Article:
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Record changes.

Record Changes

The Daily Record Makes Format, Content Changes Hoping To Boost Circulation

The Daily Record is not a publication that has gripping cover photos or startling headlines. What is does have are:

Lists and lists of court proceedings.

Corporation and bankruptcy filings.

Listings of births and marriage licenses, to a name a few.

But it caught readers' attention May 1 when it altered its style and reformatted its news.

Before the changes, Publisher William F. Rector Jr. says, "Unless you saw the date, you couldn't tell what issue it was."

Now there's specific, targeted news to generate interest -- and subscriptions.

The publication features real estate news on Tuesdays, new business reports on Wednesdays, credit news on Thursdays, law reports on Fridays and weekly reviews on Saturdays.

Welcome to the new Daily Record.

This is the second revamping The Daily Record has undergone since Rector purchased the paper in March 1987. (Rector is an almost 50 percent shareholder of Business Information Group Inc., which owns the paper.)

The paper was "everything but dead" before then, says Rector.

The most color the paper saw was in its founder, John F. Wells.

"John was a crusty old bastard," says Rector, "and he probably would be proud to be called such."

While The Daily Record was noted for its detail, Wells wasn't known for keeping records.

An attempted sale of the paper in 1985 for $35,000 ended in a lawsuit, and Wells eventually had to take a $100 bill to the printer each day his paper was published because his credit was so bad.

Rector, who negotiated a contract for $25,000 two months before Wells died in a car accident, paid the printing bills to keep the paper in circulation until Wells' estate allowed him to purchase the paper.

While circulation hasn't increased significantly since Rector purchased the paper -- it's gone from 370 to 500 paid subscriptions -- Rector says the paper now is poised to do more than just break even because of a new data base system.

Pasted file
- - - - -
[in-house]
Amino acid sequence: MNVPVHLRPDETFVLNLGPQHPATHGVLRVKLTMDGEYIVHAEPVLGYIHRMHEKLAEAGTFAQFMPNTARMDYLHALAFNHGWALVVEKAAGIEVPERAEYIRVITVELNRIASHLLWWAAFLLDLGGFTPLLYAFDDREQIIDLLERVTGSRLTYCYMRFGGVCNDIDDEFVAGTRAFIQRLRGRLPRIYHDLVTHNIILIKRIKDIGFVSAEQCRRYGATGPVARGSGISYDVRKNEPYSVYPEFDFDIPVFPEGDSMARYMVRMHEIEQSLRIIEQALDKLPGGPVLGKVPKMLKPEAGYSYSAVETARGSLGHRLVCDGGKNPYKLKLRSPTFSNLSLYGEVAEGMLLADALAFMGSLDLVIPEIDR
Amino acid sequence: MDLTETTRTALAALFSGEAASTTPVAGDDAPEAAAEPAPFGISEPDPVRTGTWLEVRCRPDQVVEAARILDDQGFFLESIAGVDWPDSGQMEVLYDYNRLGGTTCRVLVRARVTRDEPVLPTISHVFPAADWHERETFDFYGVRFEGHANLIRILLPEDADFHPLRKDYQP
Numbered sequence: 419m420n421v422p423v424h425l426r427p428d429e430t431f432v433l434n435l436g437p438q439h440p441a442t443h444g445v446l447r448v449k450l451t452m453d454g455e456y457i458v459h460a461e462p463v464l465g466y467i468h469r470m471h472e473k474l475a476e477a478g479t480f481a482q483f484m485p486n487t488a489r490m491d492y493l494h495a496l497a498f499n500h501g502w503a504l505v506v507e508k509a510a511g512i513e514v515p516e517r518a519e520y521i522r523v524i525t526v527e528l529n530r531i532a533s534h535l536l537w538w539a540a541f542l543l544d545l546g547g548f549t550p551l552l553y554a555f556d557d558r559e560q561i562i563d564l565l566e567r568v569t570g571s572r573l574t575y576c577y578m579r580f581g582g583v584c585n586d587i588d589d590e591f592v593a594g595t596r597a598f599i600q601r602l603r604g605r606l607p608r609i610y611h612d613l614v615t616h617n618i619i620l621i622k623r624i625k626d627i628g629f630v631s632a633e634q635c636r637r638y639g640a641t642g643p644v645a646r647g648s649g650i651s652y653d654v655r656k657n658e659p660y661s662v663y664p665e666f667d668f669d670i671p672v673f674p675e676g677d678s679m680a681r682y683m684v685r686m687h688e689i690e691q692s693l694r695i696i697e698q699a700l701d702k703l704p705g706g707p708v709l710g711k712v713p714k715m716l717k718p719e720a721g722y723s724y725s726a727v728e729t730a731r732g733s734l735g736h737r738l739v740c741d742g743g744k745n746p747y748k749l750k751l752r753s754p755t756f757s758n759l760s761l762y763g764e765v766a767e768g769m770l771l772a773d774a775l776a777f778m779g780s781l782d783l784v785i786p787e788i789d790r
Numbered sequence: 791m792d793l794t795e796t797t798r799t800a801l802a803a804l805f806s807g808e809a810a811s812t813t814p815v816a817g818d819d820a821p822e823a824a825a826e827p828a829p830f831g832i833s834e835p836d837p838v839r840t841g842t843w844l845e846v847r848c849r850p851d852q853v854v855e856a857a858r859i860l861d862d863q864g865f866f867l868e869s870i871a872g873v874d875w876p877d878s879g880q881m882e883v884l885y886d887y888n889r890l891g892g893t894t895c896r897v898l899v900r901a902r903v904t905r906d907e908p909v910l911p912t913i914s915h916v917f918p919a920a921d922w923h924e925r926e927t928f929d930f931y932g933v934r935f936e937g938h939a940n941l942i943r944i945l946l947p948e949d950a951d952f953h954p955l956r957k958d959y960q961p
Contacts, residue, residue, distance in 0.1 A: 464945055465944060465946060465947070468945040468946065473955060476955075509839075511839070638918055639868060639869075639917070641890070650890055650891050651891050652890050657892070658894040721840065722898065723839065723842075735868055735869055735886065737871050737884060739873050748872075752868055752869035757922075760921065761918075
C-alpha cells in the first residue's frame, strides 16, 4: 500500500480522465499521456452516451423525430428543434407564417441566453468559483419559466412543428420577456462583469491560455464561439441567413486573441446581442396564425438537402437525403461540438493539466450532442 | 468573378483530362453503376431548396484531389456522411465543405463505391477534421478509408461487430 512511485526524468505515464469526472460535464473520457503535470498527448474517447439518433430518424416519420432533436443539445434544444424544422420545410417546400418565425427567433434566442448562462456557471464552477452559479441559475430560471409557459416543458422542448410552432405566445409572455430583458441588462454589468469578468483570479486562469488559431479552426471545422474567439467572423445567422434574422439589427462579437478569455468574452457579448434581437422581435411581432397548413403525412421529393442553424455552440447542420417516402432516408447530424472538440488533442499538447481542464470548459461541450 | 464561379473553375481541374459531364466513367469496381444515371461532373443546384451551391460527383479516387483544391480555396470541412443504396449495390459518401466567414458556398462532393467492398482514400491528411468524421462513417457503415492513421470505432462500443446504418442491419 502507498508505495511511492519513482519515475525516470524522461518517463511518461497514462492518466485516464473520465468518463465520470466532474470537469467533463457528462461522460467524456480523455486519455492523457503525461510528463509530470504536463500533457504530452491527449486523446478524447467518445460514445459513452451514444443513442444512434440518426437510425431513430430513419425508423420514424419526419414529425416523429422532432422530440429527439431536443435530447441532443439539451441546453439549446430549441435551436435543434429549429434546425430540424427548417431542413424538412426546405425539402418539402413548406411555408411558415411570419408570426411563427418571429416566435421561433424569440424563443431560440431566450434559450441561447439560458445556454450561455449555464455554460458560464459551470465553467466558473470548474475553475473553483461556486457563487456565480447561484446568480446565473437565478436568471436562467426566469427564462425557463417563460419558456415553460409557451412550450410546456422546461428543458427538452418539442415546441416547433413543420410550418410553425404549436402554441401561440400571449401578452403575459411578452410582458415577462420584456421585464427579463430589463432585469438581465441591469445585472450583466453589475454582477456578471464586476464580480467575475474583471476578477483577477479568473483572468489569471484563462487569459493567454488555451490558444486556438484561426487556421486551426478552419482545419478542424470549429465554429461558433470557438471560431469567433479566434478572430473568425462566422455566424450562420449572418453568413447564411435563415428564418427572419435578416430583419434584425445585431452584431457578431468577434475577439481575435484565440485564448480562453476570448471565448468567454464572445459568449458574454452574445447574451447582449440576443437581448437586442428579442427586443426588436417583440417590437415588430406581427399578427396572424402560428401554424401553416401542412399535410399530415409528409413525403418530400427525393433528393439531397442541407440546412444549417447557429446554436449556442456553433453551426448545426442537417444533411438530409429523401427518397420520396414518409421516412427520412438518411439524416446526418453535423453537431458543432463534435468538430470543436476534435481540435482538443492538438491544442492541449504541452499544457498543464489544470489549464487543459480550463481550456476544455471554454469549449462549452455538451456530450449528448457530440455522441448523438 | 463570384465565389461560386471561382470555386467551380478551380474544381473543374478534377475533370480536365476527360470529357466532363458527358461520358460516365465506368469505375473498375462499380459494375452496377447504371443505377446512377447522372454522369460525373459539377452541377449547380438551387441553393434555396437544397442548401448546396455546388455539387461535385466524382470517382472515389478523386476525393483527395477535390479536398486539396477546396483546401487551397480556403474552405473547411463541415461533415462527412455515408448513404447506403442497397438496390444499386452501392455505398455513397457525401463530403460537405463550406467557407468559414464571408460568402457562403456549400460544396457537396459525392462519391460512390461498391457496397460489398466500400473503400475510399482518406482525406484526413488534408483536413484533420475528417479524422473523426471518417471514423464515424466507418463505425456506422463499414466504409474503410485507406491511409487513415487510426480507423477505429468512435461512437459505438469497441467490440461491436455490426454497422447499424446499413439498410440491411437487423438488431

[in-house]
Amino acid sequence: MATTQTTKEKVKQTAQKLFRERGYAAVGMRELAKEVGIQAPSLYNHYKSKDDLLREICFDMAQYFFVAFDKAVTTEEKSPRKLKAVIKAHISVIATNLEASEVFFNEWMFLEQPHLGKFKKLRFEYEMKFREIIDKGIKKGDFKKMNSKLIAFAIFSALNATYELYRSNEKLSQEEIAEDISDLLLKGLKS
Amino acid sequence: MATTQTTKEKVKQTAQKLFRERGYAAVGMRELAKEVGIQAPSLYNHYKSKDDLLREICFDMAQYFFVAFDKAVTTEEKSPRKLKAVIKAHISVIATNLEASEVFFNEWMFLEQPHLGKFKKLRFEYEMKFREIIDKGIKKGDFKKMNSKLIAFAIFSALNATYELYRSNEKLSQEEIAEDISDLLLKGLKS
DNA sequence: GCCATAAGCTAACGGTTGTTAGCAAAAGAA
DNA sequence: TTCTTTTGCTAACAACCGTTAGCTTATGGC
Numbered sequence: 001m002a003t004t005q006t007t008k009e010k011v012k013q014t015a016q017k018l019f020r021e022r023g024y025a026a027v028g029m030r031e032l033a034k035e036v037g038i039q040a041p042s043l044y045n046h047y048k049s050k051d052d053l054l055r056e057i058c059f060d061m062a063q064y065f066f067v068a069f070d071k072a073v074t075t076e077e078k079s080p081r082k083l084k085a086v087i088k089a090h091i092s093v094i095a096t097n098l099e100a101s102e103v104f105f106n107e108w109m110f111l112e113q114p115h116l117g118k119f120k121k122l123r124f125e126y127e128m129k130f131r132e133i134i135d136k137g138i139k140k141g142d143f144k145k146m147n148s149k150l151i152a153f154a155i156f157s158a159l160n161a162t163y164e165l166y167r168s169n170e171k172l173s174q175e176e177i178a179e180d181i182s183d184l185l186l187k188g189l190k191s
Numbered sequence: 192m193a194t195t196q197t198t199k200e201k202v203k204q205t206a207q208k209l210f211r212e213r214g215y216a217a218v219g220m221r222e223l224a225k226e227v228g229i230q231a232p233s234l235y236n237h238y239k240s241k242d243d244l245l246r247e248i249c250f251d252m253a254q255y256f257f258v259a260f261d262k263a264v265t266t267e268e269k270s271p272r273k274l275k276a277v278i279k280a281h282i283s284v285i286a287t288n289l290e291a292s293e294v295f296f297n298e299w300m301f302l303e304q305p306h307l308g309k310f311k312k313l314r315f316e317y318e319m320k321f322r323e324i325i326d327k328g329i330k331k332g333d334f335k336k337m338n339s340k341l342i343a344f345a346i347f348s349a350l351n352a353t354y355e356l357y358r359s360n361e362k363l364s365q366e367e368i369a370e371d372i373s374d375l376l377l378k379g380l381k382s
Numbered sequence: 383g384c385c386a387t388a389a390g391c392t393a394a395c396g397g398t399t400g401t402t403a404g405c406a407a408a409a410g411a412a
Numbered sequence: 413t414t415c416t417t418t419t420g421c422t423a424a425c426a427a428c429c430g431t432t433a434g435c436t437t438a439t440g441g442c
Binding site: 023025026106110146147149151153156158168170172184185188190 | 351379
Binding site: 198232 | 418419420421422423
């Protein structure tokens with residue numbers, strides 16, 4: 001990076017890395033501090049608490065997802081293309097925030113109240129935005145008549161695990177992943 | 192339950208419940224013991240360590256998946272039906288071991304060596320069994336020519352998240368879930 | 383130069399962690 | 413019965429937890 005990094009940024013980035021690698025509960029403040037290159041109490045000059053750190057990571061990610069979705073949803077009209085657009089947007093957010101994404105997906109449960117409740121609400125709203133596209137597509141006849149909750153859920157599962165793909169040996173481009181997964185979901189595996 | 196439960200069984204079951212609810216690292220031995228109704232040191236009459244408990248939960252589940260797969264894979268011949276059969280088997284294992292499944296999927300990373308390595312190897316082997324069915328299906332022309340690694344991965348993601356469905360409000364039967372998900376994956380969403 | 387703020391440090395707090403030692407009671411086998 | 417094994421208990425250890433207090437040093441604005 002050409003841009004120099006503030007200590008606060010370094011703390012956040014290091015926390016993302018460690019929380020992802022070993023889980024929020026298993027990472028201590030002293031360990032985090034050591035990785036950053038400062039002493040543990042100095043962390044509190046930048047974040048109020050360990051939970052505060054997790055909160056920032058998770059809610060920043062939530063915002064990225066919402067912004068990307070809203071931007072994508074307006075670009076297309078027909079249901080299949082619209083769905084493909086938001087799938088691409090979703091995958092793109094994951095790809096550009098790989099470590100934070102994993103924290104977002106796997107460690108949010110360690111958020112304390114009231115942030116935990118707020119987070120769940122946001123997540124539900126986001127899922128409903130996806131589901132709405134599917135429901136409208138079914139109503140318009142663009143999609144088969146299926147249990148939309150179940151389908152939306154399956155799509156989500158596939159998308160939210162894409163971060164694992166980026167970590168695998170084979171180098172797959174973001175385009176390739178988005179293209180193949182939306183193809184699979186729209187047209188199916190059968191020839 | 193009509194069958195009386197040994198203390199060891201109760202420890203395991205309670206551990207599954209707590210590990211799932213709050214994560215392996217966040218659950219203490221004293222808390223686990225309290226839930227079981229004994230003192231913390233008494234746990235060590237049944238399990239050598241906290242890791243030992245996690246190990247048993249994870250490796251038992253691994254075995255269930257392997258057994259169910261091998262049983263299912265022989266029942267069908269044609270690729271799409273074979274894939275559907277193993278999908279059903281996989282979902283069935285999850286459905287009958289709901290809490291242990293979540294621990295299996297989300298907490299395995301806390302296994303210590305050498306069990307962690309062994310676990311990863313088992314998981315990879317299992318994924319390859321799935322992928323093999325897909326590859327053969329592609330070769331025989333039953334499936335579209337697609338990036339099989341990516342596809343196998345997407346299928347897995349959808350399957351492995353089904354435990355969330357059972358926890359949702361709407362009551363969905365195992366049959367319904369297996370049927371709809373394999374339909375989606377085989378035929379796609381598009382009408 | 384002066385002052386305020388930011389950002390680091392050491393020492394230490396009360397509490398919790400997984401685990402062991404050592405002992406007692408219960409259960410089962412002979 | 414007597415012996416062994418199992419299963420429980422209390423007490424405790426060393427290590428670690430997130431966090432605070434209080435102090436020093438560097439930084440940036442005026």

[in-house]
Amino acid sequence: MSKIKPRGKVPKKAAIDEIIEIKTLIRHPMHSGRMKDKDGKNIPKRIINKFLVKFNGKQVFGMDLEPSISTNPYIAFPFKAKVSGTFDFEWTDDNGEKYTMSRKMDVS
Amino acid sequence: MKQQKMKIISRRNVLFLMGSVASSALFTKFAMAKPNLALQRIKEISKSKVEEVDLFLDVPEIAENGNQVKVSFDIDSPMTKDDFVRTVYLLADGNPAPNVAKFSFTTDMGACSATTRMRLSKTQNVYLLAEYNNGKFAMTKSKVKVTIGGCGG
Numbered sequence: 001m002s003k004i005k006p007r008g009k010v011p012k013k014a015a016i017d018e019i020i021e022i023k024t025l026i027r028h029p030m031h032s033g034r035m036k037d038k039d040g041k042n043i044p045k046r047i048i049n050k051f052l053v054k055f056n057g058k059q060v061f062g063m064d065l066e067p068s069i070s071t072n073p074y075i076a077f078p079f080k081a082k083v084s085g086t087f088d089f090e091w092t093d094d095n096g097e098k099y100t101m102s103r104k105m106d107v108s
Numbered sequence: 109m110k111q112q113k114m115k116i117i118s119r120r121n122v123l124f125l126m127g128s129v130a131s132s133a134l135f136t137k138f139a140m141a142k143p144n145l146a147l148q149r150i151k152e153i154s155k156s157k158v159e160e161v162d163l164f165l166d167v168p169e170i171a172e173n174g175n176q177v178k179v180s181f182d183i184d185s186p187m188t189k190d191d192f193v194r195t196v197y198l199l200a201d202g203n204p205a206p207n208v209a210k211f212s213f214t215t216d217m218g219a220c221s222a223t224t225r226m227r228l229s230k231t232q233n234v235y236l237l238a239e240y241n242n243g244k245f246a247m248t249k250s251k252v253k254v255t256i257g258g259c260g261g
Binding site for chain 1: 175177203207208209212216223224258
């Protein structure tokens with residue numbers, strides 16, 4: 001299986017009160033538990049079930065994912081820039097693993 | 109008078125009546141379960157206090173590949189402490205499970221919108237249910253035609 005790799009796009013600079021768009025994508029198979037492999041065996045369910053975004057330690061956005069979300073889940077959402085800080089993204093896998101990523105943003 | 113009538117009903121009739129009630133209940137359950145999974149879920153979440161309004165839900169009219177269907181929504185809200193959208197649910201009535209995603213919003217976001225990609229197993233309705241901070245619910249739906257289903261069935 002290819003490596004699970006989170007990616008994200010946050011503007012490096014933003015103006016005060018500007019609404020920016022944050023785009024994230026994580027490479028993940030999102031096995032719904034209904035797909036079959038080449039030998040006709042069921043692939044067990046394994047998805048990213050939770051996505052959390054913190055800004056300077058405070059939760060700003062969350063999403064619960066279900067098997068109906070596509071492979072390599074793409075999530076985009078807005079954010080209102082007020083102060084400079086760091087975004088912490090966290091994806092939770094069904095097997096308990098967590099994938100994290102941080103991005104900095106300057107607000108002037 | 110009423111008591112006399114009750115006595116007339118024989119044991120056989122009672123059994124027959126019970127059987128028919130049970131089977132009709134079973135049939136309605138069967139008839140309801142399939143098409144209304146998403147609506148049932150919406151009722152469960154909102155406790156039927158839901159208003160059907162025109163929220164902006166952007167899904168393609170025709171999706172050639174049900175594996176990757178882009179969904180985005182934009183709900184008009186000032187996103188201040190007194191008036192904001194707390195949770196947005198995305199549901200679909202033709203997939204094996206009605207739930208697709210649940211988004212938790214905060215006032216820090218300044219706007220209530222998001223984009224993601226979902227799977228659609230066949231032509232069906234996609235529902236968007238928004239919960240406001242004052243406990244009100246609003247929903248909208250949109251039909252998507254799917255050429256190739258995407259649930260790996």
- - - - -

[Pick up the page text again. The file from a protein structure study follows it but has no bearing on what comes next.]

In January 1990, Rector began converting the paper's electronic entries to the data base system, and that operation quickly has grown to 25 percent of his business.

Rector says the data base is on its way to being a money-maker, and he is concentrating on increasing subscriptions and making The Daily Record profitable as well.

Selling Point

Except for some customers sitting at the eatery on the first floor of the Main Street Market, the three floors below The Daily Record's fourth floor office are lifeless.

A picture from Urbi et Orbi, the art gallery that was one of a slew of shops Rector leased when he developed Main Street Mall (now Main Street Market), hangs in his office and is now just a remnant of the failed complex.

The bustle of activity at The Daily Record -- the brightly lit, spacious offices house seven employees who type on computers and talk on phones -- contrasts sharply to the mall.

Rector took the role of publisher in January 1990 when he decided to concentrate on rejuvenating The Daily Record after Main Street Mall went into a highly publicized and painful foreclosure.

While a 1989 business plan called for the paper to build its subscription list, then begin a data base system, Rector felt it made more sense to start with the data base first.

Rector converted information to the data base then printed lists and put them directly into the paper. While this system is convenient for formatting the paper, more importantly, it's a business of its own.